Hamlet Hamlet The time is out of joint. O cursed spite, That ever I was born to set it right! Shakespeare profoundly epitomizes the dominant character in his play, Hamlet. In the tragedy, Hamlet is both a hero and a victim. At the start of the play Hamlet’s character is an intelligent scholar who is admired and respected by the townspeople. The plot begins when Hamlet’s father appears to him as a ghost and asks his son to kill Claudius, the man who murdered him, disrupting the lives of Hamlet and everyone in the castle.
Hamlet is intensely emotional at this time. His mother’s incestuous marriage to his uncle and his father’s sudden death contribute to his grief. To make things worse, Hamlet must now kill his father’s murderer, which aggravates his distress. At this point in time, disgusted and disappointed, Hamlet breaks down and recites the quote above, expressing his state of turmoil. The ghost’s demand is almost more than he is able to bear, leading Hamlet to question his life.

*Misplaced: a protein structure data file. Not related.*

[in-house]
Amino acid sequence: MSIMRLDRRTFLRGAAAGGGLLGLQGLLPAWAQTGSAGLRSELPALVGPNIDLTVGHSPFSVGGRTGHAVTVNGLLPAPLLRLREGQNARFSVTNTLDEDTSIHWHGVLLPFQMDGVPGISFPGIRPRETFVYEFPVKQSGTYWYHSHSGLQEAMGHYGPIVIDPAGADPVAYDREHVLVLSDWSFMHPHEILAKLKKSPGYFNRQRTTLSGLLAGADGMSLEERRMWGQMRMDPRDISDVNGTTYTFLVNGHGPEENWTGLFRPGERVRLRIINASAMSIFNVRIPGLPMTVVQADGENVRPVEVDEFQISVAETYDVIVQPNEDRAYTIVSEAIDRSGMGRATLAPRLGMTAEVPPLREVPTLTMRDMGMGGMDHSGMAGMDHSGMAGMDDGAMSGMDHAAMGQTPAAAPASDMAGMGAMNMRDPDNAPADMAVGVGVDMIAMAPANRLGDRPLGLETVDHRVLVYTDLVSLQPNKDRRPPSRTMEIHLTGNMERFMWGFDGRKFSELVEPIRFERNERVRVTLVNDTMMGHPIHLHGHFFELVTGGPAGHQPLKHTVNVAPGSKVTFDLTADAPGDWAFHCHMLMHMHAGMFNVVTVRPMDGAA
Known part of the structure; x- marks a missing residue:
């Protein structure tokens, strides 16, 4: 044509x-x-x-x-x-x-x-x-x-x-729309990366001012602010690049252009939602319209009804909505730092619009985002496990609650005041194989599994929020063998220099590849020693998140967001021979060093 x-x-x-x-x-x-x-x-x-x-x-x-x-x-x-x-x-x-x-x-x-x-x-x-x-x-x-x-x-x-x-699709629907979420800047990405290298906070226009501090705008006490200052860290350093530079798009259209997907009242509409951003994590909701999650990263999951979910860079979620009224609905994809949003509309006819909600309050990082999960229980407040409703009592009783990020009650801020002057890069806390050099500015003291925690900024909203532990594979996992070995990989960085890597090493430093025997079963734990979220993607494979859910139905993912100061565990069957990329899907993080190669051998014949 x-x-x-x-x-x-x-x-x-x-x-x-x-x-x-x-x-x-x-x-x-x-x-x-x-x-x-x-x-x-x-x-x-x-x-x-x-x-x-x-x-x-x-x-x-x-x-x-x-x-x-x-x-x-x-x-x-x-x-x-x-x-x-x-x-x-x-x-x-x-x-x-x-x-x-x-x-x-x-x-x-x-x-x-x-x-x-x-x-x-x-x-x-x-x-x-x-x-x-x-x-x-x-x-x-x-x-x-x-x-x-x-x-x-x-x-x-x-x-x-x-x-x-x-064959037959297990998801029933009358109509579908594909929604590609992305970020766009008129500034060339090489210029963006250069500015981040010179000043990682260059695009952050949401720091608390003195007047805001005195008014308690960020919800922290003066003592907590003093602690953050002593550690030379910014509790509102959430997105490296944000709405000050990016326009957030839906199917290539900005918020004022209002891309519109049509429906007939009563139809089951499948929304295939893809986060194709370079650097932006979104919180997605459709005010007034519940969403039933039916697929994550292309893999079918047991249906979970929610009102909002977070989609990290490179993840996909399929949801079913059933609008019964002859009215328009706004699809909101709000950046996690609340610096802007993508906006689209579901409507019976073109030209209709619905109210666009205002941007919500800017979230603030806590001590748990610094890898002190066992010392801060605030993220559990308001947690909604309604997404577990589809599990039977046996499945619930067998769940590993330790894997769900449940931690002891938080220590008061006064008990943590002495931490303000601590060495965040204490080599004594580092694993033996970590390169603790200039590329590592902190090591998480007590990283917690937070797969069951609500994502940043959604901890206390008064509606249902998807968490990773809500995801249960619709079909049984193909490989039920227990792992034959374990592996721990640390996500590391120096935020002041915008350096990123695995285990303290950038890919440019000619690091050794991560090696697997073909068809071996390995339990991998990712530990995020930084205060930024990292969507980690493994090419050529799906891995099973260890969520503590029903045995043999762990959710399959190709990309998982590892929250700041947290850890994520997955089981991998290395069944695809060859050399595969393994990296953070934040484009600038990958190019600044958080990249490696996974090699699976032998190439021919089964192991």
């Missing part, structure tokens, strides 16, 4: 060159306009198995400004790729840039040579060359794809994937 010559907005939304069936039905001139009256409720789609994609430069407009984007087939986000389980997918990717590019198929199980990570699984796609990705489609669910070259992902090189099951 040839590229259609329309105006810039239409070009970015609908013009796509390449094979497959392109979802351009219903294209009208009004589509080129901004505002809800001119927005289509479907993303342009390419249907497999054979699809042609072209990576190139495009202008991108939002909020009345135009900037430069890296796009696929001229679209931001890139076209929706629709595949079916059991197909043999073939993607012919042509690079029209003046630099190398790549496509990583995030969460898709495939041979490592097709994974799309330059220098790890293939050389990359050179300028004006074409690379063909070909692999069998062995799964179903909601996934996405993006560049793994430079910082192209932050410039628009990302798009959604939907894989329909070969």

At first Hamlet is passionate about taking revenge on the man who secretly murdered his father who was the former King. Yet, Hamlet quickly realizes the heavy burden of his duty. As a result, he becomes unsure of himself and is unable to arrive at a quick decision and take action. He changes from a reflective and thoughtful prince to a man filled with melancholy and madness. When Hamlet is given a task that is unfamiliar to him, he does not know how to handle the situation.
The situation demands him to make a decision which goes against his morals. Consequently, he signifies his feelings with this phrase and says how cursed he is to be born to set the problem right. Shakespeare Essays.